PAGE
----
“My crew was loving, kind people who sacrificed everything for two days to finish.”
Before the ride. Reflecting on the ride Bob said the following were key in his training.
- Long enough rides.
I programmed 200- and 250-mile training rides. Bob said, “If I’d trained myself I wouldn’t have ridden up to 250 miles.”
- Practice details.
Bob and I weren’t sure that he could ride for almost two days without sleeping. Having him do a 500-mile practice ride without sleep would have been counter-productive. Instead I had him do two overnight rides after staying up all day. “Staying up all day and riding all night gave me the confidence to ride 24 hours without sleeping.” Bob also did seven specific heat training rides.
Over four months Bob worked on his mental skills four days a week. He started with learning to focus and calm himself and progressed to visualizing the ride. “The traffic was bad the entire way. Instead of listening to music on my ear buds I concentrated on relaxing and calming down.”
During the Ride
- Have a plan.
Bob and I developed simple plans: slow, medium and fast. These helped him to get his head around the ride before the record attempt. The plans were simple. In the medium plan he’d ride 15.5 mph in the mountains, ride about 17.5 mph when he got out of the mountains, ride 15.5 mph at night, 17.5 mph the second day and then 15.5 mph the second night. The plan included how far he’d have ridden after each hour. It also included the amount of time he’d periodically be off the bike. The plans helped guide Bob and his crew during the attempt. Because of everything that happened Bob was ahead of the slow plan and slightly behind the medium plan. This gave everyone confidence that they were doing fine.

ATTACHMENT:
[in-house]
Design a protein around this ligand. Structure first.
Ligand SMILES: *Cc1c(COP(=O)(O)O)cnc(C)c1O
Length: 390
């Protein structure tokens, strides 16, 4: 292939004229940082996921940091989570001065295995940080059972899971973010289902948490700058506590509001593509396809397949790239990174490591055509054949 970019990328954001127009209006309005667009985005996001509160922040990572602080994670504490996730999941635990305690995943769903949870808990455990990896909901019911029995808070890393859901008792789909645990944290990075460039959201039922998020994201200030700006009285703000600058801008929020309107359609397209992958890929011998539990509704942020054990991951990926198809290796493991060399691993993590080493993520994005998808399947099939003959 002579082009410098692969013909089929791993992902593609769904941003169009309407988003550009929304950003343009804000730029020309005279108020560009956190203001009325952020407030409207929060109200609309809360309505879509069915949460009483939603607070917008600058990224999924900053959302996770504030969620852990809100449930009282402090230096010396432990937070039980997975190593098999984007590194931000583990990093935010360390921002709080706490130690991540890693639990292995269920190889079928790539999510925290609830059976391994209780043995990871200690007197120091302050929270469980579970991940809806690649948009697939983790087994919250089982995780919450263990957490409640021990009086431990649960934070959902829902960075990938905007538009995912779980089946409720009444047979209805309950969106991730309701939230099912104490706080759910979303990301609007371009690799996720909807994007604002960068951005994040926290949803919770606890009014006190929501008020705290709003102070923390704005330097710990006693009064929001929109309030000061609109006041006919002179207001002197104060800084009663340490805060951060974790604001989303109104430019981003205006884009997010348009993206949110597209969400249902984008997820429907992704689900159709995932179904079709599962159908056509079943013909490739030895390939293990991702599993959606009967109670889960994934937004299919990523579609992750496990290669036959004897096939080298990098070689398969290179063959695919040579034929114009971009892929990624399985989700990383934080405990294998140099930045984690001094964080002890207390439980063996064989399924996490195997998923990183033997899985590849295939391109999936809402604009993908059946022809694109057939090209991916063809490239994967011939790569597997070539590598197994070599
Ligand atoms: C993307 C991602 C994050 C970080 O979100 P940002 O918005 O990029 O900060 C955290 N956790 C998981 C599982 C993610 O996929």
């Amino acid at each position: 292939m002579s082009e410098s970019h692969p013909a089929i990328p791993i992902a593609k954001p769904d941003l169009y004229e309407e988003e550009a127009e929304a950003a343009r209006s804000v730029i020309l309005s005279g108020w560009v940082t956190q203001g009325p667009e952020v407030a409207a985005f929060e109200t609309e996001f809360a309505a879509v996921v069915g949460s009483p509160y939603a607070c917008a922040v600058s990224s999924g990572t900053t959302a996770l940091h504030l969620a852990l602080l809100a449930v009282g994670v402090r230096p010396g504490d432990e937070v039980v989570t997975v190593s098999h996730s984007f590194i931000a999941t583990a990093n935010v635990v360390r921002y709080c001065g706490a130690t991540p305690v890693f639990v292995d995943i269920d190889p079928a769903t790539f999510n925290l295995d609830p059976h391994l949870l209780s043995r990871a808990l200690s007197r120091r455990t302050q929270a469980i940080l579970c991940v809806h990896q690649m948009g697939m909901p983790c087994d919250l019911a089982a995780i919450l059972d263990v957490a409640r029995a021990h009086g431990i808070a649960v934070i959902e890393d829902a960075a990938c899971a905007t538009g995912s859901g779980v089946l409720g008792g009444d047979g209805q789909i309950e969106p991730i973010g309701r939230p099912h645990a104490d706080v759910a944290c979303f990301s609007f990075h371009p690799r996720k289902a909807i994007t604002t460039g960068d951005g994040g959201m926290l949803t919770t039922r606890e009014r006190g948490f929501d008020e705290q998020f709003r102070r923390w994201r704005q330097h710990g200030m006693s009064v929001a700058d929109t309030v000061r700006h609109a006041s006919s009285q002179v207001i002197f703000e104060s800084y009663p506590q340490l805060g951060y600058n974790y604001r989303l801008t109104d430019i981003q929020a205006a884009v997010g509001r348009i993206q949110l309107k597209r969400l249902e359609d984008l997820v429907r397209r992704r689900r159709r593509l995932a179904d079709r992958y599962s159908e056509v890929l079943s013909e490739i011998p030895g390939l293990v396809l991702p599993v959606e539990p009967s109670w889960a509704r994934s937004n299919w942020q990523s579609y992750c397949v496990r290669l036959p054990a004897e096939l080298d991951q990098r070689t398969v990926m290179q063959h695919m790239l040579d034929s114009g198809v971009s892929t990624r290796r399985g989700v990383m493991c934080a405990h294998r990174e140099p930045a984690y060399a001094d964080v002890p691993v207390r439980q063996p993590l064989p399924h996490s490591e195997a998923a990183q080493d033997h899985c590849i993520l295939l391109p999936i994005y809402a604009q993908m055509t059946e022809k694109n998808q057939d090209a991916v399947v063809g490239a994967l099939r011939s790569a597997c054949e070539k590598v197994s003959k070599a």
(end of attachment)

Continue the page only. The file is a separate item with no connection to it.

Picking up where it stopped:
15.5 mph was more than a mile an hour slower than his longest rides. We were concerned that if he went out at his normal speed his pace would drop off significantly later in the ride. From our planning we knew that starting at 15.5 mph was fast enough that he could break the record. His final training ride was at 15.5 mph to dial in the feel of riding that slowly.
- Ugly middle.
Every ride over a couple of hours has three parts. Initially a rider is fresh, feeling great and excited to be doing the ride. Then the rider gets to the ugly middle: fatigue is setting in and the finish is a long ways away. Finally the rider smells the barn and the rider’s mood and riding pick up. In the ugly middle Bob persevered even though it was no fun.
- Eat regularly.
Bob should have forced himself to eat every hour even though nothing was appetizing.
My four-article bundle Cycling Past 50 includes articles that expand on these two columns about training in your 50s.
Healthy Cycling Past 50 reviews the physiological changes that come with increasing maturity and describes the different types of exercise to slow the aging process. It includes three sample programs depending on your goals and how much time you have.
Performance Cycling Past 50 includes two specific performance plans: training for a fast 50-mile ride and training for a century.
Healthy Nutrition Past 50 describes what kinds of foods you should eat for healthy nutrition and details what your daily diet should be and what you should eat on rides.
Off-Season Conditioning Past 50 describes the benefits different modalities and how to do them in the winter: cycling outdoors, cycling indoors, cross-training and weight training. It includes two different 12-week plans and guidance on how to adapt each to your physical condition, time available and goals.
The 93 page bundle Cycling Past 50 is $15.96, a $4 less than the full price of all four articles. The Premium Member bundle price is a savings of $6.39 off the full price with coupon code.